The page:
Without a word he allowed me to drag him over. I prayed he wasn’t about to collapse again. Please…he needed this more than anyone. The path Mrs. Yamauchi had created through the flowers only ran from her side of the field towards the center, meaning that Malachi and I had to walk through the knee-high magenta flowers, sadly damaging and messing up the field as we did. Mr. Yamauchi sat quietly as she pushed him forward. His white face was wrinkled as much as hers though he wore a few more age spots on his face and hands, which he kept folded in his lap. His pinstriped brown golf cap covered his silver-gray hair. Mrs. Yamauchi’s matching pair was on her head too. Her salt and pepper hair pulled into a bun.
Letting go of Malachi I clasped my hands together as I bowed in greeting. “Ohayō!”
“Ohayō!” Mrs. Yamauchi laughed as she moved around her husband’s chair to give me a hug. She broke away from me after a few seconds to look at Malachi. “And hello to you handsome.”
I panicked hoping he wouldn’t be his normal rude self, but to my surprise he clasped his hands like I did and bowed. “Ohayō gozaimasu.”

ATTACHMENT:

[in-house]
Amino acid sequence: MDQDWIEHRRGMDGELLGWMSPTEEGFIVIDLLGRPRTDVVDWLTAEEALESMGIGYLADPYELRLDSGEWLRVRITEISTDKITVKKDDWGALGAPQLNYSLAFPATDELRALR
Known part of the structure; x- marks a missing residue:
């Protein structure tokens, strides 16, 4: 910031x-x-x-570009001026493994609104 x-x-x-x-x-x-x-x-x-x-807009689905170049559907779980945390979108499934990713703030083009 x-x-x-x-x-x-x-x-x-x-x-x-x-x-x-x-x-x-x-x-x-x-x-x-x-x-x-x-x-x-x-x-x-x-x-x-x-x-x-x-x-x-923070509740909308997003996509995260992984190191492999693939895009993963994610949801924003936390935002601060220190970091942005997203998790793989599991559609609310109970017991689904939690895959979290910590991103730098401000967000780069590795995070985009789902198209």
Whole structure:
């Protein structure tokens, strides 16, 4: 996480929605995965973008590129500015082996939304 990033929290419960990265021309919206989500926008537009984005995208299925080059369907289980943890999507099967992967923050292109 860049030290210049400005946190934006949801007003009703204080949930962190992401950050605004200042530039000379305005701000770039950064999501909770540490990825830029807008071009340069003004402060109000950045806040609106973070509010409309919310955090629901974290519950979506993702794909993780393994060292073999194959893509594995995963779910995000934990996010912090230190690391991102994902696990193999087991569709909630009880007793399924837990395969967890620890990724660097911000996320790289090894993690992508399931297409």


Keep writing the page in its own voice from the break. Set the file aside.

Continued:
He knows Japanese? Most people I’d met who didn’t know the language either repeated what I said or said ‘Konnichiwa,’ even though that was more for saying good evening. Ohayō or Ohayō gozaimasu was for greeting people in the morning. She greeted him back, smiling kindly as she brought her husband closer towards us.
“Malachi Lord, meet Kikuko and Kosuke Yamauchi, future legends and the oldest couple of Lieber Falls.”
“Who are you calling old? Oshaberi.”
Malachi snickered and I turned to glare at the traitor as he pretended to think it over. “Oshaberi? A chatterbox? It fits.”
“No one asked you.”
“Sorry, Oshaberi.” He smirked as he looked to them both. “It’s a pleasure to meet the future legends and sweetest couple of Lieber Falls.”
“I like you.” She came over and hugged him which made Malachi stand as stiff as a board.
Crouching down beside Mr. Yamauchi I gently placed my brown hands over his wrinkled ones telling him in English, “I need back up. They will gang up on me if you don’t come help.”
He turned to face me, his black eyes were like dark caves. I could look in but I couldn’t see in.
“Do I know you?” He spoke for the first time since we’d all met. But then he glanced up at Kikuko and Malachi asking again. “Do I know you all?”
Kikuko squeezed his shoulder and said, “Yes. I know you. You know me too. Just wait, it will come back to you.”
He returned his gaze once more to the flowers, and Kikuko, who was not the least bit phased, pulled out a thick, dark colored blanket from the backpack that hung off the chair.
Malachi took it from her. “Where do you want me to put it?”
“Right here is fine, thank you.”
With a nod, he carefully put it down, ensuring that there wasn’t even a wrinkle…because apparently he could think of other people. It was apparently only me who didn’t matter.